Another day, another major hacking.
The Guardian reports that in the latest corporate cyber breach, one of the world’s “big four” accounting and consultancy firms, Deloitte, was been targeted by a sophisticated hack that “compromised the confidential emails and plans of some of its blue-chip clients.” And just like Equifax, New York-headquartered Deloitte was similarly the victim of a cybersecurity attack that went unnoticed for months. The Guardian understands Deloitte discovered the hack in March this year, but it is believed the attackers may have had access to its systems since October or November 2016.
Responding to questions from the Guardian, Deloitte confirmed it had been the victim of a hack but insisted only a small number of its clients had been “impacted”. It would not be drawn on how many of its clients had data made potentially vulnerable by the breach. Alas, the company has yet to provide a full disclosure of just who and which clients were violated: an estimated 5 million emails were in the hacked email cloud and could have been been accessed by the hackers. Deloitte said the number of emails that were at risk was a fraction of this number but declined to elaborate.
While unlike Equifax Deloite is not a public public company and is not accountable to countless shareholders, with $37 billion in revenue last year and over 263,000 worldwide employees, Deloitte is a corporate behemoth which provides auditing, tax consultancy and – like Equifax – high-end cybersecurity advice to some of the world’s biggest banks, multinational companies, media enterprises, pharmaceutical firms and government agencies. Here the Guardian reports that Deloitte clients “across all of these sectors had material in the company email system that was breached. The companies include household names as well as US government departments.”So far, six of Deloitte’s clients have been told their information was “impacted” by the hack. Deloitte’s internal review into the incident is ongoing.
The hacker compromised the firm’s global email server through an “administrator’s account” that, in theory, gave them privileged, unrestricted “access to all areas”.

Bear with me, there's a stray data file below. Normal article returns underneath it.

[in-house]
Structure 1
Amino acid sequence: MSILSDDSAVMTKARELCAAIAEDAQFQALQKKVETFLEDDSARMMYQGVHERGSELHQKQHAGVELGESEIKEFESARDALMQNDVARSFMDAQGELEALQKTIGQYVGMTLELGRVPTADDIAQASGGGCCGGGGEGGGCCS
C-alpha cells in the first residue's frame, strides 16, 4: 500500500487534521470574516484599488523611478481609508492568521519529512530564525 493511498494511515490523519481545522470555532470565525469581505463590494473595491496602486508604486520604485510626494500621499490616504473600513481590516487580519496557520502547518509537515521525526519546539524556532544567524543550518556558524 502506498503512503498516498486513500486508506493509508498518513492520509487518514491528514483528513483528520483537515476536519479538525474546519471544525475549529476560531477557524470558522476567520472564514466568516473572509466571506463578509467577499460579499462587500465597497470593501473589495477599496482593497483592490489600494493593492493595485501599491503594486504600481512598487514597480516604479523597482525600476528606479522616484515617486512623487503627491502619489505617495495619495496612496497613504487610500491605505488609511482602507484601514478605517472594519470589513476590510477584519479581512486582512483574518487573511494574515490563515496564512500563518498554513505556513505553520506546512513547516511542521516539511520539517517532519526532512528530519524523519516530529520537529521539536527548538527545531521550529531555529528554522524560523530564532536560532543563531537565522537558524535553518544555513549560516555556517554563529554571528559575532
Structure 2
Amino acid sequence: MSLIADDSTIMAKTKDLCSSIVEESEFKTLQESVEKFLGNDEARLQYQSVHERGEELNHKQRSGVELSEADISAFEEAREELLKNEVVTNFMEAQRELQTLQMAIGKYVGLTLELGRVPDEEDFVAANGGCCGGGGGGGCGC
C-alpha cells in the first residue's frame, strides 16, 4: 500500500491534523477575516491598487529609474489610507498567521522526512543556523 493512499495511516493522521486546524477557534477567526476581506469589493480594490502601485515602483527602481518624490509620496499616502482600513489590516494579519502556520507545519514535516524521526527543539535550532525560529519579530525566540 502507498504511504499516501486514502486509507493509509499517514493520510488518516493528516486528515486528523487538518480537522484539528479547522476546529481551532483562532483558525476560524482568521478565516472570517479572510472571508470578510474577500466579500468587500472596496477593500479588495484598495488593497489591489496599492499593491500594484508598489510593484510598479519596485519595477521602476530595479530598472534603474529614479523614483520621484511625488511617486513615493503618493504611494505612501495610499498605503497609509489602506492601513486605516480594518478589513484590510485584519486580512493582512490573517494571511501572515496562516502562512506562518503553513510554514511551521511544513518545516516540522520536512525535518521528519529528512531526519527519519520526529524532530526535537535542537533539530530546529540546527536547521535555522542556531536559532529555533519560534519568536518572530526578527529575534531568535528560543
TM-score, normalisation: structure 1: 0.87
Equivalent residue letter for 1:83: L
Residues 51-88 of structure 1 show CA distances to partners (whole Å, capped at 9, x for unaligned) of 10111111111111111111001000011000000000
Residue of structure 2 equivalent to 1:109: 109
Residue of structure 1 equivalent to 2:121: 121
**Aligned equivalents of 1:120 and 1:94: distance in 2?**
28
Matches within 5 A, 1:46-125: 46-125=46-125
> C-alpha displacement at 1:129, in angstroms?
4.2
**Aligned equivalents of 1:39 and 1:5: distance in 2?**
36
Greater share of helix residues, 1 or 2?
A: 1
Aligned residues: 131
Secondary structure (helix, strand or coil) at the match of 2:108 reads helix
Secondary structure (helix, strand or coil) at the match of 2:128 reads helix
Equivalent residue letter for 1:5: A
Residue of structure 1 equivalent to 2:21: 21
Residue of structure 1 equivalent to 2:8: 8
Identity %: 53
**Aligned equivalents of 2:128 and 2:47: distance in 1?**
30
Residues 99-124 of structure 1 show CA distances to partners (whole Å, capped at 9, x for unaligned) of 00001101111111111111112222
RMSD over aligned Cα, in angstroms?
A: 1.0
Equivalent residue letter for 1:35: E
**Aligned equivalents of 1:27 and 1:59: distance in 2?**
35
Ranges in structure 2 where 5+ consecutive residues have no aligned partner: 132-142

Embarrassingly, the administrator level hack required only a single password and did not have “two-step“ verification, much like Deloitte and other companies strongly urge everyone to do.
Penetrating the unknown number of emails involved breaching the Microsoft cloud used the by the company. Emails to and from Deloitte’s 244,000 staff were stored in the Azure cloud service, which was provided by Microsoft. This is Microsoft’s equivalent to Amazon Web Service and Google’s Cloud Platform.
In addition to emails, the Guardian adds the hackers had “potential access to usernames, passwords, IP addresses, architectural diagrams for businesses and health information. Some emails had attachments with sensitive security and design details.”
Until today’s report, the hack had been disclosed to the public: the breach, which was US-focused, was regarded as so sensitive that only a handful of Deloitte’s most senior partners and lawyers were informed.…
Of course, as noted above, the breach is a deep embarrassment for Deloitte, which offers clients advice on how to manage the risks posed by sophisticated cybersecurity attacks. If only the company had followed its own advice. Even more awkward, in 2012 Deloitte was ranked the best cybersecurity consultant in the world and has a “CyberIntelligence Centre” to provide clients with “round-the-clock business focussed operational security.” It is unclear if that unit was also hacked.
While we await an official statement from Deloitte, what comes next is lots of lawsuits and even more settlements. According to the Guardian, on 27 April Deloitte hired US law firm Hogan Lovells on “special assignment” to review what it called “a possible cybersecurity incident”. The Washington-based firm has been retained to provide “legal advice and assistance to Deloitte LLP, the Deloitte Central Entities and other Deloitte Entities” about the potential fallout from the hack.
Full article: Massive Hack At Deloitte: Entire Internal Email System Compromised, Client Emails Exposed (ZeroHedge)